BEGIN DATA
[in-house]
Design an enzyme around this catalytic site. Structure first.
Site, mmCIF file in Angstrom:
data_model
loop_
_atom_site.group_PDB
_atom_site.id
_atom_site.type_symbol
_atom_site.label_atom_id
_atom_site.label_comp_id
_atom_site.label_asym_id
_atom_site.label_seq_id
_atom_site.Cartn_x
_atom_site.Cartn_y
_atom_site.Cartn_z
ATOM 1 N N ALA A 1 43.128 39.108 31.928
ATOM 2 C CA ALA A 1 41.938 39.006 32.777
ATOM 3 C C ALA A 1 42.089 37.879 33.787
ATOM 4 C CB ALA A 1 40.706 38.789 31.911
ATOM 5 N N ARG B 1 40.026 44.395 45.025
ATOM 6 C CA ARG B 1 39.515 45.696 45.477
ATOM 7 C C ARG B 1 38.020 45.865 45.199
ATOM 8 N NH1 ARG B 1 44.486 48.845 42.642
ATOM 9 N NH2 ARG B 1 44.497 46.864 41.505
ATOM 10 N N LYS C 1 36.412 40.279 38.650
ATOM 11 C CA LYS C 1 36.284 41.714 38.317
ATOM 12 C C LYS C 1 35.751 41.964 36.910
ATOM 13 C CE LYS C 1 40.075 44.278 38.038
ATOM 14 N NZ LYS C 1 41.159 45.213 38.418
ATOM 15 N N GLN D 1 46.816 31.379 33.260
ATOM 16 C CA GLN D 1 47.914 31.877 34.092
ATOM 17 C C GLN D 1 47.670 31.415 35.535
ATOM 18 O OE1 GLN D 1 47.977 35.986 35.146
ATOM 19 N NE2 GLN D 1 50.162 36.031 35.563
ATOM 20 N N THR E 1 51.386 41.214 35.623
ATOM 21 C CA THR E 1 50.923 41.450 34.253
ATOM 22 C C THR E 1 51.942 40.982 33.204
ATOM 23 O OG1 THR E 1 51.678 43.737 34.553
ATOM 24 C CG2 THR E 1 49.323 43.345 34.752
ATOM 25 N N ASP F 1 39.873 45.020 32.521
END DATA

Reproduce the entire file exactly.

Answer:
[in-house]
Design an enzyme around this catalytic site. Structure first.
Site, mmCIF file in Angstrom:
data_model
loop_
_atom_site.group_PDB
_atom_site.id
_atom_site.type_symbol
_atom_site.label_atom_id
_atom_site.label_comp_id
_atom_site.label_asym_id
_atom_site.label_seq_id
_atom_site.Cartn_x
_atom_site.Cartn_y
_atom_site.Cartn_z
ATOM 1 N N ALA A 1 43.128 39.108 31.928
ATOM 2 C CA ALA A 1 41.938 39.006 32.777
ATOM 3 C C ALA A 1 42.089 37.879 33.787
ATOM 4 C CB ALA A 1 40.706 38.789 31.911
ATOM 5 N N ARG B 1 40.026 44.395 45.025
ATOM 6 C CA ARG B 1 39.515 45.696 45.477
ATOM 7 C C ARG B 1 38.020 45.865 45.199
ATOM 8 N NH1 ARG B 1 44.486 48.845 42.642
ATOM 9 N NH2 ARG B 1 44.497 46.864 41.505
ATOM 10 N N LYS C 1 36.412 40.279 38.650
ATOM 11 C CA LYS C 1 36.284 41.714 38.317
ATOM 12 C C LYS C 1 35.751 41.964 36.910
ATOM 13 C CE LYS C 1 40.075 44.278 38.038
ATOM 14 N NZ LYS C 1 41.159 45.213 38.418
ATOM 15 N N GLN D 1 46.816 31.379 33.260
ATOM 16 C CA GLN D 1 47.914 31.877 34.092
ATOM 17 C C GLN D 1 47.670 31.415 35.535
ATOM 18 O OE1 GLN D 1 47.977 35.986 35.146
ATOM 19 N NE2 GLN D 1 50.162 36.031 35.563
ATOM 20 N N THR E 1 51.386 41.214 35.623
ATOM 21 C CA THR E 1 50.923 41.450 34.253
ATOM 22 C C THR E 1 51.942 40.982 33.204
ATOM 23 O OG1 THR E 1 51.678 43.737 34.553
ATOM 24 C CG2 THR E 1 49.323 43.345 34.752
ATOM 25 N N ASP F 1 39.873 45.020 32.521